Ever wonder how one can conduct a fair lending review of your bank’s consumer lending products without having government monitoring information like race, gender, and ethnicity available? Enter the proxy.
Why Use Proxies?
In the world of fair lending, HMDA reportable applications have traditionally been the focus of regulatory reviews. And for good reason – government monitoring information (GMI) including race, gender, and ethnicity is collected and readily available as part of the HMDA data. This allows easy classification of applications for any type of qualitative or quantitative fair lending review.
In the last several years, however, consumer loans of different types have become the subject of such reviews resulting in an increasing number of regulatory enforcement actions. Since financial institutions are prohibited from capturing this type of information on consumer loans, how can a fair lending review of consumer products be conducted?
The answer is through the use of a “proxy” by which to classify the target and control groups. We will explain the different methodologies used to do this in a future series of posts, including some problems with the application of these methodologies. Here we focus on a simple explanation.
So What is Proxy?
In a typical consumer loan dataset, race, ethnicity, and gender of the applicant is not identifiable; therefore, these attributes are unobservable. By applying a proxy methodology, an indicator can be developed that takes the place of the actual attribute that cannot be identified.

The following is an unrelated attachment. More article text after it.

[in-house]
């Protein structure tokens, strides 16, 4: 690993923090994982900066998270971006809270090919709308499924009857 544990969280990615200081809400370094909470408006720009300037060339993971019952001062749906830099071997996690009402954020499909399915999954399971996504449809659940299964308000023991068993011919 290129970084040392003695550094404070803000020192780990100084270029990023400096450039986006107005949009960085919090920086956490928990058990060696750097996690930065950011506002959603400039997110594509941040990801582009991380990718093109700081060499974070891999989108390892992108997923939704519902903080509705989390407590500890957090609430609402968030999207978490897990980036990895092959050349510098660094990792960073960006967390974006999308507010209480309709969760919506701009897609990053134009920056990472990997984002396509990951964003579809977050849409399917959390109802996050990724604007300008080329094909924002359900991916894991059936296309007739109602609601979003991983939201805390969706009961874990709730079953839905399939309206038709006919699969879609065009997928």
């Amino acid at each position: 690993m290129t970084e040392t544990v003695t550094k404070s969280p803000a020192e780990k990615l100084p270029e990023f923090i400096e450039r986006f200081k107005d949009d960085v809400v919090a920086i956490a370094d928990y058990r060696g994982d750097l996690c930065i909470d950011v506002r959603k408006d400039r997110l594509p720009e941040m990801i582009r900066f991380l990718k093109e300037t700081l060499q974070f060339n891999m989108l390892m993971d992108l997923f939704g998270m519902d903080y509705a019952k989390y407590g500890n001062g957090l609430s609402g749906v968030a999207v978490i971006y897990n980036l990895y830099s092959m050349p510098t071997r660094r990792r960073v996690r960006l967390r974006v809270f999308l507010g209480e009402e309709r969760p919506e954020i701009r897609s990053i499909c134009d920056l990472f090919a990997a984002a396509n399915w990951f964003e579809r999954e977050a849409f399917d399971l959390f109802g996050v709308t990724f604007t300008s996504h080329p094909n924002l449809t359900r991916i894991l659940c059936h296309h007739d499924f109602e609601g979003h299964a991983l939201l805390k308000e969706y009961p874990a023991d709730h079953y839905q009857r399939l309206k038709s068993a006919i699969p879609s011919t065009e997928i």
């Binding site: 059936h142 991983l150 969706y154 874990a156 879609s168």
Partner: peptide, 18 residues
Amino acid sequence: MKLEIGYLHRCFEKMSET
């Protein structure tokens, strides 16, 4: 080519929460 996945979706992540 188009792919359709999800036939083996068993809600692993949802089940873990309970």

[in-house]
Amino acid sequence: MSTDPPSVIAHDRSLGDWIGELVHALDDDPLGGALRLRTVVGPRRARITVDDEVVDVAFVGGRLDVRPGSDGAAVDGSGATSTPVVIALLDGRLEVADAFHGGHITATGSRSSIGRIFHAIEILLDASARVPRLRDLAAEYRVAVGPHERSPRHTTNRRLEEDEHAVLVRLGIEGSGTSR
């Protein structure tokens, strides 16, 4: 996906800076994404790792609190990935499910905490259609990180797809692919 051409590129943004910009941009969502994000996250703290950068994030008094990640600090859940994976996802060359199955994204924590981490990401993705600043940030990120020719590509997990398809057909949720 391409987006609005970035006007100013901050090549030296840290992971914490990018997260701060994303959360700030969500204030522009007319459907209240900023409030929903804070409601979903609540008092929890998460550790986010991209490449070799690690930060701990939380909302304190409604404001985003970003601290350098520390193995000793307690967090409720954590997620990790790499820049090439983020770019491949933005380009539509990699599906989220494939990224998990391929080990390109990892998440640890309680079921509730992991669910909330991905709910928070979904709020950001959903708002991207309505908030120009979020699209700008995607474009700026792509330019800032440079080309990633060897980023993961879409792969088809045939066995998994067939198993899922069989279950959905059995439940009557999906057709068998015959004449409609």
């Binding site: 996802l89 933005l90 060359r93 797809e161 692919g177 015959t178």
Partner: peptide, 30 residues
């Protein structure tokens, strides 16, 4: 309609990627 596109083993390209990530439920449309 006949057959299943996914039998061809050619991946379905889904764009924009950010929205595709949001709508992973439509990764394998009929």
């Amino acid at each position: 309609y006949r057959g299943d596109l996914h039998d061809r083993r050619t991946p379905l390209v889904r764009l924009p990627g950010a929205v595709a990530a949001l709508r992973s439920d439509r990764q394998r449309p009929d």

For example, although race and gender is unknown, if a factor can be found that is significantly correlated with the unknown attribute we can come up with an estimate of the applicant’s race, ethnicity, or gender. This can then be used instead of the actual attribute.
Simply, a proxy is a variable that is correlated with an attribute that is unobservable and is used as an indicator….
The diagram below will help illustrate. In this example, we are interested in examining differences in treatment of loan applicants by race. Since race is unknown, we identify a variable that is closely correlated with race. That variable then gives us an indication of the race of each applicant.
How Should a Proxy Be Used?
Because the proxy that is used in place of race only provides an estimate of the person’s race, the application of proxies is best suited for statistical analysis with large datasets.
Once the proxy is determined it can then be used in a regression analysis to test differences in treatment between a target and control group. Because the proxy is not 100% accurate, that is, an indicator of race for example will not always correctly predict the applicant’s race, it is not ideal to use proxy data for transactional reviews unless the samples are very large.
Thus, the use of proxies is more suited for a quantitative fair lending review.